Cover image for The tiniest giants : discovering dinosaur eggs
The tiniest giants : discovering dinosaur eggs
Dingus, Lowell.
Personal Author:
Publication Information:
New York, N.Y. : Random House, [1999]

Physical Description:
42 pages : illustrations (some color), color map ; 22 x 29 cm
Describes the efforts of paleontologists to arrange an expedition to search for dinosaur fossils in the inhospitable region of southern South America know as Patagonia.
General Note:
"A Doubleday book for young readers."
Program Information:
Accelerated Reader AR MG 7.8 2.0 48965.
Added Author:
Format :


Call Number
Material Type
Home Location
Item Holds
QE862.D5 D49285 1999 Juvenile Non-Fiction Central Closed Stacks
QE862.D5 D49285 1999 Juvenile Non-Fiction Open Shelf
QE862.D5 D49285 1999 Juvenile Non-Fiction Open Shelf
QE862.D5 D49285 1999 Juvenile Non-Fiction Open Shelf
QE862.D5 D49285 1999 Juvenile Non-Fiction Open Shelf

On Order



In 1997, paleontologists in Patagonia made a startling discovery. While looking for the remains of ancient birds, they stumbled across something amazing: a dinosaur nesting ground. Eggs littered the ground as far as the eve could see. As they looked closer, they found something even more amazing; something no one had ever found before. Inside one of the eggs was fossilized embryonic dinosaur skin. Inside another egg was a baby dinosaur -- a sauropod, the largest dinosaurs ever to walk the earth. Both of these finds are firsts in the field, and they are changing what is known about what these giant creatures looked like, how they raised their young, and how they grew.

Reviews 2

Booklist Review

Gr. 4^-6. It was a paleontologist's "field of dreams," a vast nesting ground containing thousands of fossilized dinosaur eggs, some with fragmentary embryos still inside. Two of its discoverers chronicle their 1997 expedition to Patagonia and subsequent lab work, describing what they found, how they went about finding it, and what its significance is. Rather than hyperdramatic paintings of dinosaurs on the attack, the illustrations mix small photos, not all in color, with charts and rather staid artist's representations, all of which impart more information than dazzle. Sidebar essays cover such topics as radioactive dating and the scope of geologic time; back matter includes a glossary and a brief bibliography--though no URLs. The authors write with infectious enthusiasm, and even readers whose interest in dinosaurs is only casual will be amazed by the size and importance of the find. --John Peters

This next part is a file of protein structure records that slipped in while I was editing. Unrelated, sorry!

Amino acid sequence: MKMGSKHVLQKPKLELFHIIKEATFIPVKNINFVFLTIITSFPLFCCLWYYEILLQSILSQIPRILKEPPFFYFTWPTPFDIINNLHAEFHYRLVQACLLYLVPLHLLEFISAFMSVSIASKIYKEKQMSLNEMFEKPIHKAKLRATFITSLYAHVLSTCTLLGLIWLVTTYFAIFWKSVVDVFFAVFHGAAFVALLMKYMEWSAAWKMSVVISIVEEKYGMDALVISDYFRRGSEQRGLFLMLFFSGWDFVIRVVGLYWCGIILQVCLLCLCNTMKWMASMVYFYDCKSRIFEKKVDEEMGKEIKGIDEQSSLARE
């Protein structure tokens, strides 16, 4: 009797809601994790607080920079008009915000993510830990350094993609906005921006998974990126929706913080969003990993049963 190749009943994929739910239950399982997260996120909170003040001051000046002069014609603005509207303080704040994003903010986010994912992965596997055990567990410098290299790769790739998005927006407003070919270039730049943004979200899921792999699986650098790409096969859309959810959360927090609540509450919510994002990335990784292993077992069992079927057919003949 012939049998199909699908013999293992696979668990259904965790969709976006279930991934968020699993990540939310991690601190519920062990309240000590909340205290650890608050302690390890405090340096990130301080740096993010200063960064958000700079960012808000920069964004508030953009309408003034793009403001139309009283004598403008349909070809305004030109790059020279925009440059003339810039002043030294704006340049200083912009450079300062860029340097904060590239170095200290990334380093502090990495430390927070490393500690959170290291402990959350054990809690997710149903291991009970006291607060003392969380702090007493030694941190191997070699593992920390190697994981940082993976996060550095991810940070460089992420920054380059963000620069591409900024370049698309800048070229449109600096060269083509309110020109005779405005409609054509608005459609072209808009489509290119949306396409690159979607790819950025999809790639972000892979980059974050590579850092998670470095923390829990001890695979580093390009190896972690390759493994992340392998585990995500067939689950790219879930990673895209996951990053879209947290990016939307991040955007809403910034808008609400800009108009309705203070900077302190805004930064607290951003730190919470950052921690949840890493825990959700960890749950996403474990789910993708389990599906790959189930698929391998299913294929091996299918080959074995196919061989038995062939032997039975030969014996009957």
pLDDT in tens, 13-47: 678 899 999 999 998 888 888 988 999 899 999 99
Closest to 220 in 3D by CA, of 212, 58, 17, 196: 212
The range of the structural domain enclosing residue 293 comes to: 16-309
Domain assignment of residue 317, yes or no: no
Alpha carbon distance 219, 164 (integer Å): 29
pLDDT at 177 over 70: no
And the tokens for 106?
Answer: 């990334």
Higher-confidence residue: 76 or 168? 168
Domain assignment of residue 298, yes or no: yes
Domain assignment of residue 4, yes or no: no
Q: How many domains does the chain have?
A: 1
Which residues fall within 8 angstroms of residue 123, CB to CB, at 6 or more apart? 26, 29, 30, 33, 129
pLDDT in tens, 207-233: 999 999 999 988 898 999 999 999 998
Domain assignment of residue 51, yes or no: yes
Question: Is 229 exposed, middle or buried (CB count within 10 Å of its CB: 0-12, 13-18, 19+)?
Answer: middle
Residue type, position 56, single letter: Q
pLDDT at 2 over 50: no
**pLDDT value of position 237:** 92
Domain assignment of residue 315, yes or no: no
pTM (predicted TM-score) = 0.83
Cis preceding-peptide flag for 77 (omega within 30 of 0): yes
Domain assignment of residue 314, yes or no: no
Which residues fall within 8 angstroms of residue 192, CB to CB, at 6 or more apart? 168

School Library Journal Review

Gr 5-8When Luis Chiappe and Lowell Dingus set off for Patagonia in 1997, they were hoping to find the remains of ancient birds and the small meat-eating (theropod) dinosaurs that are closely related to them. What they found in this remote area was an enormous dinosaur nesting site with hundreds of eggs. Preserved inside a few of the eggs were the first fossilized bones and skin of sauropod embryos ever found. The authors detail the importance of this amazing discovery and the answers it provided about these creatures. However, many questions remain and these are addressed as well. Color photos of the expedition, although small, help transport readers to the dry badlands of Argentina, and numerous charts and sidebars explain concepts like radioactive dating and geological time scale. A wonderful treasure for armchair paleontologists.Cathryn A. Camper, Minneapolis Public Library (c) Copyright 2010. Library Journals LLC, a wholly owned subsidiary of Media Source, Inc. No redistribution permitted.